ALAMEDA — The Raiders were tied for the league lead in sacks through the first two games, in large part because of their penchant for blitzing any player, in any situation, from a variety of angles.
Five of their nine sacks came from blitzing defensive backs. At this rate, the Raiders will need only six games to surpass last season's sack total of 25.
Padding that total won't be easy against the Denver Broncos, who have allowed only three sacks on 88 drop backs this season and are led by a quarterback, Peyton Manning, who welcomes the blitz.
"This is the ultimate," Raiders defensive coordinator Jason Tarver said. "To be the best, you have to beat the best. This is what you want. This is why you play the game. Monday Night Football against them, doing something nobody thinks you can do? There's nothing better than that."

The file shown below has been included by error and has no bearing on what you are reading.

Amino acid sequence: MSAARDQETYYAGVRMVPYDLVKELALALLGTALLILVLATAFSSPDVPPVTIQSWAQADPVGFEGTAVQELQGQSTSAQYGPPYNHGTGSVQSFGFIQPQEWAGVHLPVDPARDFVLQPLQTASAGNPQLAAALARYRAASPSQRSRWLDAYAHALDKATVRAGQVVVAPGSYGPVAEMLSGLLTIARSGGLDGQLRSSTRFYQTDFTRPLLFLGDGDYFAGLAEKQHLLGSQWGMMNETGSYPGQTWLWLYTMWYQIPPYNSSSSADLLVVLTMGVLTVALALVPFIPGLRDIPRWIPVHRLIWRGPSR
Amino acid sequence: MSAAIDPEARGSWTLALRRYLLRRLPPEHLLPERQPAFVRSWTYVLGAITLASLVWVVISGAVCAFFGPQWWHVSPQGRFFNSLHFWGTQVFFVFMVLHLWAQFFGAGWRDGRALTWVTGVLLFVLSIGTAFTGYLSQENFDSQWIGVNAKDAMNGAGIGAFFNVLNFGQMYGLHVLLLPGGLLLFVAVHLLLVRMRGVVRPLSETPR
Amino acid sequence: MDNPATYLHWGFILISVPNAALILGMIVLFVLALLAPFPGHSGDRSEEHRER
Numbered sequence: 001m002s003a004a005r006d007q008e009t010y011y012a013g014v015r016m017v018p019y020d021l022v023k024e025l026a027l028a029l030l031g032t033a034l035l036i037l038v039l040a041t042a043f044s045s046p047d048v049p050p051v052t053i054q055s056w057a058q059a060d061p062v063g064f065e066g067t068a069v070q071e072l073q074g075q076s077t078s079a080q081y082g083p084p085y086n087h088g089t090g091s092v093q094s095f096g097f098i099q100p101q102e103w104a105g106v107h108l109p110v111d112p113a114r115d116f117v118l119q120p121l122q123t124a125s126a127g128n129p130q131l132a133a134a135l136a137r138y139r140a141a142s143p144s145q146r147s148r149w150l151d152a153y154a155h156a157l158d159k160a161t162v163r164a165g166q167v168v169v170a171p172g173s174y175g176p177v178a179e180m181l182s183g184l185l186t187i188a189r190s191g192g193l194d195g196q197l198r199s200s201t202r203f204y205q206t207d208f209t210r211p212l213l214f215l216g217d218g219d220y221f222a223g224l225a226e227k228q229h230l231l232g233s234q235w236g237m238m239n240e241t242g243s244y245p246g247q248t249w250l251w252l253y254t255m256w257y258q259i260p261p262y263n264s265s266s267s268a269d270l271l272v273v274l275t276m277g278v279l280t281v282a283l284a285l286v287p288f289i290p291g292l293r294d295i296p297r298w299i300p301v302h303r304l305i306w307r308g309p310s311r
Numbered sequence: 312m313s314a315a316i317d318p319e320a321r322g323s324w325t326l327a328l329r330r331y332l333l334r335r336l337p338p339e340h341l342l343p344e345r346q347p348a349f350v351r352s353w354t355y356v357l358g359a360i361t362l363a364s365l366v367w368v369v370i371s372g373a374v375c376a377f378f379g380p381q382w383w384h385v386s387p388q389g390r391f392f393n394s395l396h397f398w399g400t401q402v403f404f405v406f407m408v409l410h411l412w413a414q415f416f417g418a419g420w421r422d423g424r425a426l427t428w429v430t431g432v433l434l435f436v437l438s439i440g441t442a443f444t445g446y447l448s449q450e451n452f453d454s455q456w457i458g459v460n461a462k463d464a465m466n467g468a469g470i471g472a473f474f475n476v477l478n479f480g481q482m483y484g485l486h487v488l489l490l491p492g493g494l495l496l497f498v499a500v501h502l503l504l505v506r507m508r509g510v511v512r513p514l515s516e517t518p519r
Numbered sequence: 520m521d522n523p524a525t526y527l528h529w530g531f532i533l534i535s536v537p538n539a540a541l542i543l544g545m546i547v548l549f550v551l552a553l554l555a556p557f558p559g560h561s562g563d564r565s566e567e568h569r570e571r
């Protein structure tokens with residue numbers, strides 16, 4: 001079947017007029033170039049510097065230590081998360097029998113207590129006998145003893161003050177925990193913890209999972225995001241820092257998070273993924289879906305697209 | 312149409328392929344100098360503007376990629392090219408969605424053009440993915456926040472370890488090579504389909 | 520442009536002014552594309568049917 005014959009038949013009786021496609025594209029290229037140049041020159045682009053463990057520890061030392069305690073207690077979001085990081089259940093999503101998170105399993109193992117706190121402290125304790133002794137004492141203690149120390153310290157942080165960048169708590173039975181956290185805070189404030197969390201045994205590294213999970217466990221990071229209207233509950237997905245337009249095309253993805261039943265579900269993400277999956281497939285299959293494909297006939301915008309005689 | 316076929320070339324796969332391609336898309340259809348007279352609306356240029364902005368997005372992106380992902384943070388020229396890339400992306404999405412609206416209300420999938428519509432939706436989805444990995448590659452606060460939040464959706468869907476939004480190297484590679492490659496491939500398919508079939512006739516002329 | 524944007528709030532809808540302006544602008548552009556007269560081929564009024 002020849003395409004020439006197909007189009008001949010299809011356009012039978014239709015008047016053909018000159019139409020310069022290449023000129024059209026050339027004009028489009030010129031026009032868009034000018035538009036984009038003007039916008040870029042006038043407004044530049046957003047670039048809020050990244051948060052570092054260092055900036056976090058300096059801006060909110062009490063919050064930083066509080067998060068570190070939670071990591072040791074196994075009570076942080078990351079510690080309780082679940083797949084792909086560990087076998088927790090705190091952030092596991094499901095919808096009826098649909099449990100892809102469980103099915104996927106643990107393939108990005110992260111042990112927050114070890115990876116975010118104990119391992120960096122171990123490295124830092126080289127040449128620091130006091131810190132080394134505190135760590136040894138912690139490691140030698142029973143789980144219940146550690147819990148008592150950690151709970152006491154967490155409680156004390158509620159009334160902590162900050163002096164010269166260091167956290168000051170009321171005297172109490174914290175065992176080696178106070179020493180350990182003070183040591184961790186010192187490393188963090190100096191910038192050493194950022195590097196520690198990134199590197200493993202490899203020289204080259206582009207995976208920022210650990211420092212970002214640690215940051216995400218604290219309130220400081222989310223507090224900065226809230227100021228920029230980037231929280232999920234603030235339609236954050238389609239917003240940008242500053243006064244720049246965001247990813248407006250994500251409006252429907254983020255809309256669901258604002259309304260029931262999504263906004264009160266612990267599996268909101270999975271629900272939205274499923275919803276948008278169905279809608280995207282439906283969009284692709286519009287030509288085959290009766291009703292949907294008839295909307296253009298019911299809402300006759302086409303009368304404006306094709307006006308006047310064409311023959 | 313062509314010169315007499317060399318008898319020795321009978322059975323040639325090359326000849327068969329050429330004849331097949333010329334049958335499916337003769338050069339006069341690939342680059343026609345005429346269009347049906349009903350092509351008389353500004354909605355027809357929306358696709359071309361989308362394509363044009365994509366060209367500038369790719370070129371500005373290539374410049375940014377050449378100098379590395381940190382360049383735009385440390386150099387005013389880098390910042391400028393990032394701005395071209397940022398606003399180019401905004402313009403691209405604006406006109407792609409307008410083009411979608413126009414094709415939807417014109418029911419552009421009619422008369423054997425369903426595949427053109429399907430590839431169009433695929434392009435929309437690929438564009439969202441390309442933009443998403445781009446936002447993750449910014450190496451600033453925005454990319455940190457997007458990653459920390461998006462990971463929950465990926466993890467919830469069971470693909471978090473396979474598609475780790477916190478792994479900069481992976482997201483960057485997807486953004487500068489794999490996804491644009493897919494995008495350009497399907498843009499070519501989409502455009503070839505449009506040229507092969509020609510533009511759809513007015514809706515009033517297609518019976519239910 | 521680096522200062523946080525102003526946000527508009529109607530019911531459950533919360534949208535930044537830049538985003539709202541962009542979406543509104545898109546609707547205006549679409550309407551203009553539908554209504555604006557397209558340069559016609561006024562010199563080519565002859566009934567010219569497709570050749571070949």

Tarver is the architect of a revamped defense that will start 10 players Monday night who weren't on the team last season.
He realizes that the only way to succeed against Manning is to take calculated risks that manifest themselves in the form of well-disguised blitzes and sound pass coverage.
That strategy worked well against the Colts' Andrew Luck and the Jaguars' Chad Henne. Tarver need only watch the tape from last season's game against the Broncos in Oakland to see what Manning's skill at dissecting a defense short-handed downfield.
The Raiders threw a season-high 25 blitzes against Manning and the Broncos in the teams' second meeting, with Manning completing 15 of 18 passes for 177 yards.
"It's hard to fool that guy," Raiders coach Dennis Allen said. "He's seen a lot. He does a great job in preparation. It'll be hard to fool him. It's going to come down to execution. We're going to have to execute our jobs."
At the same time, Allen said, the Raiders have to do something to "affect" Manning in the pocket, which means some amount of blitzing.